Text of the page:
Anibal Sanchez appeared to be a bust after going 3-6 with a 4.55 ERA in his first ten starts in a Tigers uniform. But something finally clicked on September 25th with a 10-strikeout, shutout performance against the Royals. Sanchez used that momentum into the playoffs making himself a ton of money, having a 1.77 ERA in three starts. He doesn’t have #1 starter potential, but could make for a great 2/3 for a team. Early rumors have him sticking around in Motown, but I’m sure there will be other teams offering up a deal.
The only other pitcher with the potential to be a staff ace on the free agent market is Dan Haren. Haren had a rough 2012, with his worst ERA and WHIP since 2004. Haren also landed on the disabled list for the 1st time in his career. The Angels bought him out instead of picking up his $15.5 million option. Unlike Greinke, don’t expect him back with the Halos. Like Greinke, I could see the Dodgers interested in bringing Haren back to the NL West where he was an ace for the Diamondbacks. I see the Cubs, who tried to deal for Haren, making a play for him. And there are even rumors of another NL West team, the Padres, making a play for Haren’s services.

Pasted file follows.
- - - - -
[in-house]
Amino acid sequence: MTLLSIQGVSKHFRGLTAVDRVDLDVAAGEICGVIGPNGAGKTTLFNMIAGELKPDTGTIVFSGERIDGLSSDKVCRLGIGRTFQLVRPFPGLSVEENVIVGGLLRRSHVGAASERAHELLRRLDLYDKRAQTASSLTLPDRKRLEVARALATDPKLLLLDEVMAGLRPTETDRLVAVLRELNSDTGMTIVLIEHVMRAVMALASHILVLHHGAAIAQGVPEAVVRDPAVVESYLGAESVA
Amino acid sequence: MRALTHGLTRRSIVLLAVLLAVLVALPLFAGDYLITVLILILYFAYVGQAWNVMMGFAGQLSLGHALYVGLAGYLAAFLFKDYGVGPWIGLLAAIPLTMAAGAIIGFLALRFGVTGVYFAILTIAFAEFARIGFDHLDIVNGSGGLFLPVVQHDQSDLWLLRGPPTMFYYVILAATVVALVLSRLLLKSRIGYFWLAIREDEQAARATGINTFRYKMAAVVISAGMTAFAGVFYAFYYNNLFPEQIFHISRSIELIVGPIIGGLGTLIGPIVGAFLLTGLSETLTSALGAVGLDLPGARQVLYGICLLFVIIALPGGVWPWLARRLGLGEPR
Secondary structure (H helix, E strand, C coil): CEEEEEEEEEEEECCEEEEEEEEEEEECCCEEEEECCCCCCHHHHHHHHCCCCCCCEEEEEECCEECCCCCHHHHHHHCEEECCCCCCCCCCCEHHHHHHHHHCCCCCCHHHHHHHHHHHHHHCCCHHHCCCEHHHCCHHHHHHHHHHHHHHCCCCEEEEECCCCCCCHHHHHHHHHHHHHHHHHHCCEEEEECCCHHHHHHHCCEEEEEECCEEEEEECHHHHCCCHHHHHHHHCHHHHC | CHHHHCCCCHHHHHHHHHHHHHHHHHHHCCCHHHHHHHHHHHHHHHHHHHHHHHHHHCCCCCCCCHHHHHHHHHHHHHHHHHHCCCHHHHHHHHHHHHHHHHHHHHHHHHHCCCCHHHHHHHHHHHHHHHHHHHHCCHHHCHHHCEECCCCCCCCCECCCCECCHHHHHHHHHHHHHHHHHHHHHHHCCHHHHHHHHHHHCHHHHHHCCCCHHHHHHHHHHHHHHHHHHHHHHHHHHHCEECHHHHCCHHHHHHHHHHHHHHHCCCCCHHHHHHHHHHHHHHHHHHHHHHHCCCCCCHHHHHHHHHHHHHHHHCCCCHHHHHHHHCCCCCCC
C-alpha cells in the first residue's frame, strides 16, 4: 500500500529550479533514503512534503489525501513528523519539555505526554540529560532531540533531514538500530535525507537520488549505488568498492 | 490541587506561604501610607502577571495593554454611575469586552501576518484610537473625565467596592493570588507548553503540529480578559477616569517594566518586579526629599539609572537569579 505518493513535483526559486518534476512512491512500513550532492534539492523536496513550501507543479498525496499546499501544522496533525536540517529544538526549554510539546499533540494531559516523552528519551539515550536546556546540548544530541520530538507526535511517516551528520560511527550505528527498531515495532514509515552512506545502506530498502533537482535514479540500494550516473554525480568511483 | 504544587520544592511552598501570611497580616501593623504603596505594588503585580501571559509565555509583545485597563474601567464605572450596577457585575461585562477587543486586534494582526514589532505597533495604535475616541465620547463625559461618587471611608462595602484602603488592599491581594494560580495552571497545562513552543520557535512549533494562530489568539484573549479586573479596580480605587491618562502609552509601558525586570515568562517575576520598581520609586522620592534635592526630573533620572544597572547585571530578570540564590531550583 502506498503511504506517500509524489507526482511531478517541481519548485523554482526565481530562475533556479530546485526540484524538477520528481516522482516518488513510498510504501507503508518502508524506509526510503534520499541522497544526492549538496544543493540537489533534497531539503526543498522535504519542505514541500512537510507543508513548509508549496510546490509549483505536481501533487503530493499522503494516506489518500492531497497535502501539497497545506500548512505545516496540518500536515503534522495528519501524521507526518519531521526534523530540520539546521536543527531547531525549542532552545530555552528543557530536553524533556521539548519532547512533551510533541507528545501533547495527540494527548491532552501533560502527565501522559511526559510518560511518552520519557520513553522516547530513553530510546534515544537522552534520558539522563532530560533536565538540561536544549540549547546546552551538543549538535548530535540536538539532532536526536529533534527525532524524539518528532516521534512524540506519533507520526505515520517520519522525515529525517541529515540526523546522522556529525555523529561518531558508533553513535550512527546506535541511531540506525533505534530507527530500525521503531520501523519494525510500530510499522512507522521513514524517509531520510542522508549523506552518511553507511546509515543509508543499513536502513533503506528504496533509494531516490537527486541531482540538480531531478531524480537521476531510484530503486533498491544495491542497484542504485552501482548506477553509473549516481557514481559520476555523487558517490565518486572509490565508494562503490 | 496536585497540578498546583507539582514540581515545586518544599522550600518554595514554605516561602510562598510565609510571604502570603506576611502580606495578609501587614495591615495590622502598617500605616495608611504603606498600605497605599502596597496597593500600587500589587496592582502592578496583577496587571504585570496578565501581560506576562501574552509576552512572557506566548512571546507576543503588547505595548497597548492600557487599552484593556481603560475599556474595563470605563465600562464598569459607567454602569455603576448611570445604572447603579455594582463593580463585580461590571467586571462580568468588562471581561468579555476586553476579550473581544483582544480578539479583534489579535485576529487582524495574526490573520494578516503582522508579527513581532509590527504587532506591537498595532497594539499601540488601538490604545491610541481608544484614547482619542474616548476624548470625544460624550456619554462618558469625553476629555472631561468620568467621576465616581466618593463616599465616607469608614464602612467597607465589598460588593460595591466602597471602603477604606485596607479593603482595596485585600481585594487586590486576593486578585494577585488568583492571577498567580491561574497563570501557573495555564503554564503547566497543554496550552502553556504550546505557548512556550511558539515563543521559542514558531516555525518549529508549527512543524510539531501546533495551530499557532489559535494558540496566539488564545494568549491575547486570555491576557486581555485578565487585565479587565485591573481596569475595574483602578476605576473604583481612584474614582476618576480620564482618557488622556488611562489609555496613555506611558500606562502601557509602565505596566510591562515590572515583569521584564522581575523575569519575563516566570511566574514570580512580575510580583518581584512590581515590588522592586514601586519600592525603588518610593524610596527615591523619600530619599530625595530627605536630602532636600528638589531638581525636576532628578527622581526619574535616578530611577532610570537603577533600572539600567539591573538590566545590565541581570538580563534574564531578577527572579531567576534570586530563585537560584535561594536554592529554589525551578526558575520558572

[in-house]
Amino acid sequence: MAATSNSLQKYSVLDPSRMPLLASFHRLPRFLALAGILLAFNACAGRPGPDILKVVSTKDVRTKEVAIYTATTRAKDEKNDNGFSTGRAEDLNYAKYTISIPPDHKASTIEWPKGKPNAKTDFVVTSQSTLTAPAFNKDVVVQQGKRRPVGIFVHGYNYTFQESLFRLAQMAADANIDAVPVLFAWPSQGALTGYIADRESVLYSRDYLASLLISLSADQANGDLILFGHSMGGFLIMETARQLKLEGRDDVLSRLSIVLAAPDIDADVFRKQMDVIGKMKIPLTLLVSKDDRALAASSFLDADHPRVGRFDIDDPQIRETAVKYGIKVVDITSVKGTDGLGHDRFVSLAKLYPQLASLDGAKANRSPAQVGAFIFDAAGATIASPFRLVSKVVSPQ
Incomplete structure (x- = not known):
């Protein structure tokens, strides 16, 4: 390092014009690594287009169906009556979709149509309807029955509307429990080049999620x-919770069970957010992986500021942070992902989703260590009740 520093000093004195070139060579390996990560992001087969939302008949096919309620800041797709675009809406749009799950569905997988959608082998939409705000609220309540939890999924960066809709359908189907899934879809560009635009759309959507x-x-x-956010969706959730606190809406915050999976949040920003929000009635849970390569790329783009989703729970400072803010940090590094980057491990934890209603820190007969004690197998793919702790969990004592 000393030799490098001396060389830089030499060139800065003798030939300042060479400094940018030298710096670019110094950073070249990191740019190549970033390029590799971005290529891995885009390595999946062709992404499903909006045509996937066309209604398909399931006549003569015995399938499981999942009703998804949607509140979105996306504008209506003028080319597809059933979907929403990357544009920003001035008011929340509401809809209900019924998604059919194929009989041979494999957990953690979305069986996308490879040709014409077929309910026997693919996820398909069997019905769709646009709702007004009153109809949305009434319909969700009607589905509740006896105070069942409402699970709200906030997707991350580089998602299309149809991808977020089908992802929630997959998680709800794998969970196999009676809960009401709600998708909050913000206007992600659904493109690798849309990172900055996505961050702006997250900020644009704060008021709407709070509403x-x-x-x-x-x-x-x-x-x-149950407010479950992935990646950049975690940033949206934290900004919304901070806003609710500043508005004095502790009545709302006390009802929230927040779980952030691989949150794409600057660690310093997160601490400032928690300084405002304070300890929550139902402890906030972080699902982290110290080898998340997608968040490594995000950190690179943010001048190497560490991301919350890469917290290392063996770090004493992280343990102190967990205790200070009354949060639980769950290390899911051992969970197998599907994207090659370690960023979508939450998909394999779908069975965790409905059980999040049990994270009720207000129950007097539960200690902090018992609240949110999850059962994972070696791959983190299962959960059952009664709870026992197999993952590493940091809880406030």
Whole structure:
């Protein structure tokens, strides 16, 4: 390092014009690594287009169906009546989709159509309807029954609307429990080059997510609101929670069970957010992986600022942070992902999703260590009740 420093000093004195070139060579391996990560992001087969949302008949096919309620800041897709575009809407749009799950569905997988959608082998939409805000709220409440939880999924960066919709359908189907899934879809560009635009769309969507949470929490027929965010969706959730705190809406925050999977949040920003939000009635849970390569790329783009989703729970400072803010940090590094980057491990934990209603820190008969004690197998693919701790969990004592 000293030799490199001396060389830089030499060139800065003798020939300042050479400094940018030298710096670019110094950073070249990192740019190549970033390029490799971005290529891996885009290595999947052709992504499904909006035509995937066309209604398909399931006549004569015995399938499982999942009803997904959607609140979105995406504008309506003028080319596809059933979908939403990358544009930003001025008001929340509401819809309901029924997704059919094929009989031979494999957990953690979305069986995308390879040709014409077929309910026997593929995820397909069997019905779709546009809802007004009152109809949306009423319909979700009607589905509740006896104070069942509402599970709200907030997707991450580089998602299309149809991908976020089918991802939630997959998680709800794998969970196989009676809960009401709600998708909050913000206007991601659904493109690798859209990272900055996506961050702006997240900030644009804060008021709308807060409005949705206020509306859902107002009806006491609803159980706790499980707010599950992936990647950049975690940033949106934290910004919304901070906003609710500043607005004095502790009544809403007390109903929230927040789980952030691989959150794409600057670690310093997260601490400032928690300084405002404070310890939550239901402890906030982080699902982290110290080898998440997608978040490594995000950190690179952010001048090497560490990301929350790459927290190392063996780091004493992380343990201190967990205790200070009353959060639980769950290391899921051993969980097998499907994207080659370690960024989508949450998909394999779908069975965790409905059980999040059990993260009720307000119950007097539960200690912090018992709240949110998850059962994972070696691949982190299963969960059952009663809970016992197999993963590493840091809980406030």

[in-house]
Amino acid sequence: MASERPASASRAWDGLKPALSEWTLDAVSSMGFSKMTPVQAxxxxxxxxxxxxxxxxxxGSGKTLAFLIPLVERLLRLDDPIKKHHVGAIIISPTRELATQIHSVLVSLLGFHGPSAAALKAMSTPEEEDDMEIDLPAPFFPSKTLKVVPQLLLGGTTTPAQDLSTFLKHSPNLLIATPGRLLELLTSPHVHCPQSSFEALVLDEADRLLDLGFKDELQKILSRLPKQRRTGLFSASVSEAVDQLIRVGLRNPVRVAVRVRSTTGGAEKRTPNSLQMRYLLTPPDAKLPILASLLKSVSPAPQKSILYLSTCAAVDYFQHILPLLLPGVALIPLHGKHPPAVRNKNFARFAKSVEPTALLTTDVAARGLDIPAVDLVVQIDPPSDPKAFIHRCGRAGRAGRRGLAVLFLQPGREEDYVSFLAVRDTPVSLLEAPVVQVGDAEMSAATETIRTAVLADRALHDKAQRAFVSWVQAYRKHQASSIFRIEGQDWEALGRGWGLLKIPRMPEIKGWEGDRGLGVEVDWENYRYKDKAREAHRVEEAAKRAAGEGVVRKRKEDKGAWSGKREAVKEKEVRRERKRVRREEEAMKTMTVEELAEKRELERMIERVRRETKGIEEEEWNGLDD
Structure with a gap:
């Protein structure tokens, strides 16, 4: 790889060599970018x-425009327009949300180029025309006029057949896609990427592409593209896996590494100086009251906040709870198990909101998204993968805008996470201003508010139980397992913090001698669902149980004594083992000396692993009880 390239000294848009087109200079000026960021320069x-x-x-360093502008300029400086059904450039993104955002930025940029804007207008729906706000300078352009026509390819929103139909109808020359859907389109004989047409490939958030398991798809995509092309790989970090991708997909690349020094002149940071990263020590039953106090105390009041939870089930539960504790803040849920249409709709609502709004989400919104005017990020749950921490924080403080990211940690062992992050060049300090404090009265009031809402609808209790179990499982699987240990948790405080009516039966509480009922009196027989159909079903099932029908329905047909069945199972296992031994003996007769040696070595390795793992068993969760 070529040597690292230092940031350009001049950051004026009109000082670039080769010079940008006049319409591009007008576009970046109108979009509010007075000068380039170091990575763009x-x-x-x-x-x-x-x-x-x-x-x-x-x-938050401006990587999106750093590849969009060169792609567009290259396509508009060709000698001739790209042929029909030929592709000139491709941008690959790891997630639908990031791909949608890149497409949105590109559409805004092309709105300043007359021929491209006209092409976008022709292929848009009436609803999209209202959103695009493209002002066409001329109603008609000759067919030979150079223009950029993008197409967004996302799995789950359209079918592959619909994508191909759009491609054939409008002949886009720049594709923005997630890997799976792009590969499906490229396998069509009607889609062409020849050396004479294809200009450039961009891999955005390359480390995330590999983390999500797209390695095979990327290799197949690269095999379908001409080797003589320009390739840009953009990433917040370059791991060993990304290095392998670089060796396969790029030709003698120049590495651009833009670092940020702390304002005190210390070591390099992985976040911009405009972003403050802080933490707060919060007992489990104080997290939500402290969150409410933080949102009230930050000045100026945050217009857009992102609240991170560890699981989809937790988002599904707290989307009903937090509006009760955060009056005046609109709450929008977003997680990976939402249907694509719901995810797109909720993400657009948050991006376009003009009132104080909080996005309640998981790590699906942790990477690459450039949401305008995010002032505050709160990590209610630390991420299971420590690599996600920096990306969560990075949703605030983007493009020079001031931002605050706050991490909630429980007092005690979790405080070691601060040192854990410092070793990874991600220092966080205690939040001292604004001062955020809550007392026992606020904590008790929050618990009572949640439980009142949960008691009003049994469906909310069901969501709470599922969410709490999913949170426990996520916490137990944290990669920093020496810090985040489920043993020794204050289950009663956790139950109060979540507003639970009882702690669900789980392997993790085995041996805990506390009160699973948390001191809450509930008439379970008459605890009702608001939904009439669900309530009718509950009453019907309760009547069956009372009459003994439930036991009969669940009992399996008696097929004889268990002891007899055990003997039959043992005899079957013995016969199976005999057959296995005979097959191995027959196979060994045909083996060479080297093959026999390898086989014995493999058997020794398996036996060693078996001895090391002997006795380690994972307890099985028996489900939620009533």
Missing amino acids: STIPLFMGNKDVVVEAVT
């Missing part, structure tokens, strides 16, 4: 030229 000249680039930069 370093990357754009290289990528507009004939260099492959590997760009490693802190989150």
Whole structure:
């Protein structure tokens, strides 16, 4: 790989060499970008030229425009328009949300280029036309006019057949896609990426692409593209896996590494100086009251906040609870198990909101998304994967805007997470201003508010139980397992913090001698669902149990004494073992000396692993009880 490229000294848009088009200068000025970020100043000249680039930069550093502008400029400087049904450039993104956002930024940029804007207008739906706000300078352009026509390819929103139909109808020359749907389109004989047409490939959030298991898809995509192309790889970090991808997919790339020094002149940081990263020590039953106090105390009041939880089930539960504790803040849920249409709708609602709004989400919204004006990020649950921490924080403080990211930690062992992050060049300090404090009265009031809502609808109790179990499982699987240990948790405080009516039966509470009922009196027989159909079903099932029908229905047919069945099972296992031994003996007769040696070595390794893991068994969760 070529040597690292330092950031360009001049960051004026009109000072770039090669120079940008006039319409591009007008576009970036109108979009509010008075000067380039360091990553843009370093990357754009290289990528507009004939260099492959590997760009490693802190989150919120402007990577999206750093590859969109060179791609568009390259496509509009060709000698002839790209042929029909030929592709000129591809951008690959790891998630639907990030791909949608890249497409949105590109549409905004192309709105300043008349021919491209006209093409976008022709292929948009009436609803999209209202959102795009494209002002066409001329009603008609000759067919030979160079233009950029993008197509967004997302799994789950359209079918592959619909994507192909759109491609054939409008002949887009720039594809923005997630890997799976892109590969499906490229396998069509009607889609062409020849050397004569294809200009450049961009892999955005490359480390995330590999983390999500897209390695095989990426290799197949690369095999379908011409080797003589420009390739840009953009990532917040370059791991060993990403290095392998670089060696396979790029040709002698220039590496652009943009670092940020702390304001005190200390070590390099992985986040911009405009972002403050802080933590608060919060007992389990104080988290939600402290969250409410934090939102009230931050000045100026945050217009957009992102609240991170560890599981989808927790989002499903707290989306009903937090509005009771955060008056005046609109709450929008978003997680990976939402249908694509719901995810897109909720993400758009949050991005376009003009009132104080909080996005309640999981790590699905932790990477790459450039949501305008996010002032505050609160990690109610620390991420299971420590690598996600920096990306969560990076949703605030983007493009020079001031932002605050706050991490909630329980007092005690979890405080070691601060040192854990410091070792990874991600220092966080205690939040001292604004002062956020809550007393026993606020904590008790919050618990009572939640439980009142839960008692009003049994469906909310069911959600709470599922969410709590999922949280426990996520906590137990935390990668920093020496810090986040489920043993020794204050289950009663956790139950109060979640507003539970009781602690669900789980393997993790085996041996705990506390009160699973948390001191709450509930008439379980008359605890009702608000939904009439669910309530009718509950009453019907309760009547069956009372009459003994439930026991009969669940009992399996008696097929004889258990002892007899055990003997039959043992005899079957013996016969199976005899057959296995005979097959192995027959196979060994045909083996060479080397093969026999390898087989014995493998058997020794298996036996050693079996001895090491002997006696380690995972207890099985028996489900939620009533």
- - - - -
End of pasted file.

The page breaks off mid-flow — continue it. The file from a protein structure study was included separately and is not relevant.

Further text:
What Pitcher are we Getting Tier?
No starting pitcher made themselves more money in 2012 than Kyle Lohse. He went out to prove he was a top of the rotation pitcher, but I would rather take my chances on Haren returning to ace form, than Lohse staying there. Has he learned how to pitch and has full control of his pitches now? Or is he going to return to the terrible form he just had in 2009-10? Someone is going to pay to find out. The Cardinals made a qualifying offer to Lohse, but I think at his age, he is looking to cash in on a long-term deal at big money coming off a career year.